Neither Rev. Bohler or I (a layman) have suggested any “ecclesiastical supervision” issues ... Dr. Benke has grasped for that angle ... For me, this issue caught my attention when I read that Dr Skoll was rostered in a district he never held roster required responsibilities in.
Title: Re: Nominees for Concordia Seminary President Announced
Post by: James J Eivan on January 19, 2020, 01:29:22 AM
An issue for ecclesiastical supervision is that the President of the Missouri District now is saddled with supervision of way over a thousand clergy, when you count in all the emeritus who are still there plus the seminary faculty and the many congregations.  Absolutely non-manageable, especially given the percentage of hard and consumptive cases like restriction, suspension and conflict/clergy burnout and the like.

I am a bit puzzled at the above. First of all, many rostered emeritus individuals are inactive ... either by choice or circumstance and as such require little if any district time/resources. Second, I unless I totally misunderstand the ecclesiastical supervision responsibilities, hands on, time consuming supervision issues normally involve theological and/or moral failures in addition to various counseling necessities.  While normally falling to the DP or his representatives, the synodical and seminary organizations most likely assume primary responsibilities for issues Dr. Benke expresses concern about ...
For example, another thing I remember from the old days is that when you leave the roster of the LCMS and want to get back on it, you have to go through the office of the district president of the district you left from.  This could be many years and many district presidents down the line.  That happened to me a few times, and was a) weird b) hard because of the amount of digging through old records required c) difficult because of the discernment involved in dealing with whatever the politics had been vs. what they now were to get down to the facts of the case.  So - imagine that if, as the bylaw now requires, you have 1500 clergy (whatever the number is exactly) under management, as in the Missouri District.  On second thought, don't imagine it.  It's just been created; give the Missouri District President time to get ready for that nervous breakdown.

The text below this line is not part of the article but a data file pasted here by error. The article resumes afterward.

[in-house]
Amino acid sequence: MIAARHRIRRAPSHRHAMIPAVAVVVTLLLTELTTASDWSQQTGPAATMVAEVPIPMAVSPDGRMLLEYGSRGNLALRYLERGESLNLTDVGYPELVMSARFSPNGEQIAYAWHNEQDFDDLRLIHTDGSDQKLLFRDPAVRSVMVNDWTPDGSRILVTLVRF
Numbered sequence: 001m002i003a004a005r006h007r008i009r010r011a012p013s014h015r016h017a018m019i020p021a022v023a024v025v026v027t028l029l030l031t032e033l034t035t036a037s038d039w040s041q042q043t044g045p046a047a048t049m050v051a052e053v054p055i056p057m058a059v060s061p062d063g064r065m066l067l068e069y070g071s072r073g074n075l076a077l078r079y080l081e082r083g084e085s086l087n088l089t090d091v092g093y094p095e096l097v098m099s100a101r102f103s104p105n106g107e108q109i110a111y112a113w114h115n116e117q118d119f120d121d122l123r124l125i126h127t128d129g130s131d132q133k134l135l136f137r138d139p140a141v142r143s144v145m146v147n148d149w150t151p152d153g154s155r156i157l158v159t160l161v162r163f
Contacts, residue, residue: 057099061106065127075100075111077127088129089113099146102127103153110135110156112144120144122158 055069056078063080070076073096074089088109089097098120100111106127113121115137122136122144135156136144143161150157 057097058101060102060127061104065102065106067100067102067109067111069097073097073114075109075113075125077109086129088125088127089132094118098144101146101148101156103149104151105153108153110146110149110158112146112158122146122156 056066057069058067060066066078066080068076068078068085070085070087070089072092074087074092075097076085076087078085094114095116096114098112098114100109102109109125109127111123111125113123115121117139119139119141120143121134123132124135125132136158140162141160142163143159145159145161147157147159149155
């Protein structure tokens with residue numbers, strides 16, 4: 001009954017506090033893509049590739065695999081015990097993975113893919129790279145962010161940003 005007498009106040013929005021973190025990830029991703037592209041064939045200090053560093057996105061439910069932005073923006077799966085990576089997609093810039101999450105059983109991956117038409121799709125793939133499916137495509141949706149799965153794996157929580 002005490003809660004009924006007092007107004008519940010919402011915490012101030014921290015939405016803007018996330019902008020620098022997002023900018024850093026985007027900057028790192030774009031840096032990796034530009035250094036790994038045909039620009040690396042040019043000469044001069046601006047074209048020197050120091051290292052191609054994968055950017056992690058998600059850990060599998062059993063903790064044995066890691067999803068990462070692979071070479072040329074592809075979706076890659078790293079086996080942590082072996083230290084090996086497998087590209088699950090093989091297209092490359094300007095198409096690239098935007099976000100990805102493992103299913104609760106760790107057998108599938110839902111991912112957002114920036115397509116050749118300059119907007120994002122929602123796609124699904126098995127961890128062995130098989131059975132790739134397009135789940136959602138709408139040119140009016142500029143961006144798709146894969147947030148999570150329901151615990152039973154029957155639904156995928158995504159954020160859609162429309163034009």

There is much that is good right and salutary with starting the process of re-rostering in the office from which the roster status was removed.  Consider the main reasons that one is removed from the roster… A roster member voluntarily resigned from the roster… A roster member is removed from the roster for theological/moral failings, physical/mental health problems or job performance issues.


By requiring that the re-rostering process begin at the same point as the roster removal process transpired, pertinent personnel information should be available.  Simply put, the purpose of this procedure is to lessen the chance that one could mistakenly be re-rostered following a proper and correct removal of roster status.


Perhaps the removal from roster process should include procedures for adequately documenting the cause of removal so that in the event re-rostering is requested, institutional knowledge of the cause of removal is preserved.
Title: Re: Nominees for Concordia Seminary President Announced
Post by: Dave Benke on January 19, 2020, 08:32:32 AM